Zion Takes a Break

With Gates Closed, Zion Had a Unique Moment to Breathe

While we’ve all been preoccupied with lockdown and staying safe, as we should have been, an interesting phenomenon has occurred on our public lands. Actually, on the entire planet as a whole. We are being told the global pandemic has changed our society, possibly forever. It doesn’t seem at all unreasonable to think that’s true.

Cities showed dramatic improvements in air quality as people parked their cars and hunkered down at home. Public transportation was severely limited further cutting carbon emissions. Scheduled commercial flights saw an 80% cancellation rate by April. This translates into tons of hydrocarbons not being emptied into the upper atmosphere.

Closer to home, Zion closed the Canyon Scenic Drive in early April for approximately six weeks. This is
the first time in many decades there haven’t been a large amount of people and vehicles in the park. What
that means is the ecosystem had a chance to catch its breath and heal.

The few remaining work crews reported cougar tracks along the Sand Bench Trail… long time no see.
There was more quiet throughout the day, accompanied by noticeably cleaner air. For a brief moment
during those six weeks, we saw a glimpse of what Zion Canyon was before humans arrived close to 9,000
years ago.

My colleague at Joshua Tree National Park sent me their press release that was distributed when they
reopened. They made a point of explaining to visitors that in the short time their park was closed, the
animals had let their guard down in relation to vehicles and crossing the roads. There was an uptick of
animal deaths due to distracted drivers. The park wanted visitors to exercise extra vigilance. Consider
that in decades of dealing with vehicles, in just six weeks, animals had already readapted to not having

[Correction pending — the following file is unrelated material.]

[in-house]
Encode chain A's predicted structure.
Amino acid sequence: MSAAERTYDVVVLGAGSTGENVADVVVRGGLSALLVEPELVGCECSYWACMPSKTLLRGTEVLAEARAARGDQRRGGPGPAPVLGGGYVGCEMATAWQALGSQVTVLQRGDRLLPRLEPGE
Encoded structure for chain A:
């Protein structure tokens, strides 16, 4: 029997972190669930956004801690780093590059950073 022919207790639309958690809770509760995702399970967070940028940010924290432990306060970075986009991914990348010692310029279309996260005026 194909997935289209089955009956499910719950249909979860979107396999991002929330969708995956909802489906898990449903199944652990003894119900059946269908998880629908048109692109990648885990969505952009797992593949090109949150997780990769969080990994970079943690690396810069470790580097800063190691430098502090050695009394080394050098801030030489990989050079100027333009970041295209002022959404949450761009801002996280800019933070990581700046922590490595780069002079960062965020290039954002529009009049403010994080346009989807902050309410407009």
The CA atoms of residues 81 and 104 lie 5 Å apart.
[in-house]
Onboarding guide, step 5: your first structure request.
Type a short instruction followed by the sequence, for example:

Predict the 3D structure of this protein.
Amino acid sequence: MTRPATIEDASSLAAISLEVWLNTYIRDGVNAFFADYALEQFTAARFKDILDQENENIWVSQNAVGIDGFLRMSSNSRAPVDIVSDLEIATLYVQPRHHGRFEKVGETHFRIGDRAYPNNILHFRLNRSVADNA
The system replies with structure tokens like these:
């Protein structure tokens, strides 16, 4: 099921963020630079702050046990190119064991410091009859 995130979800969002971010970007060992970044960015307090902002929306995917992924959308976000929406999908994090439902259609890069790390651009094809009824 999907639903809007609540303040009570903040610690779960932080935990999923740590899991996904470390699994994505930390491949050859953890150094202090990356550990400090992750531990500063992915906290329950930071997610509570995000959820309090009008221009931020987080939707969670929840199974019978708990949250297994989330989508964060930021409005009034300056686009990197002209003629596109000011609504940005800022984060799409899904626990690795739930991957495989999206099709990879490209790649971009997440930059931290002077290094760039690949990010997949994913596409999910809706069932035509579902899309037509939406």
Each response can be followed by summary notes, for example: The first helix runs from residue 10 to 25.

cars on the road.

The National Park Service has the unenviable task of balancing the preservation of the resource while
still allowing our access to it. Visitation numbers at parks all over the country strongly suggest that the
balance has skewed too far to the access side of the ledger. There is a balance that can be found if parkgoers take time to learn about and appreciate their natural surroundings, while also heeding park
notices and alerts. National Parks, despite their amenities for visitors, are among the few places left that
serve as “museums” for Nature. Parks are tiny microcosms that give us a glimpse of the magnificence of
our world left to its own devices.

As we slowly resume operations in the grandeur that is Zion, consider visiting and enrolling in a Field
Program, or perhaps reserving one of our trained Naturalists/Instructors for your own Custom
Experience during your visit. Our team will ensure that your trip to Zion is not only breathtaking, but
also provides insight into the real science being used to better understand this geologic and natural

Thanks to a generous grant from our gateway community of Springdale, our noted Fern and J.L. Crawford
Lecture Series has been fully funded through the fall. The lectures are free and open to the public. Come
take a deeper look into topics that directly affect our world so that you may better appreciate it and take
responsibility as a steward of this place we all love.

Stay safe out there. Practice social distancing even in the Great Outdoors.

– Michael Plyler, Director Field Programs

Field Programs and Lectures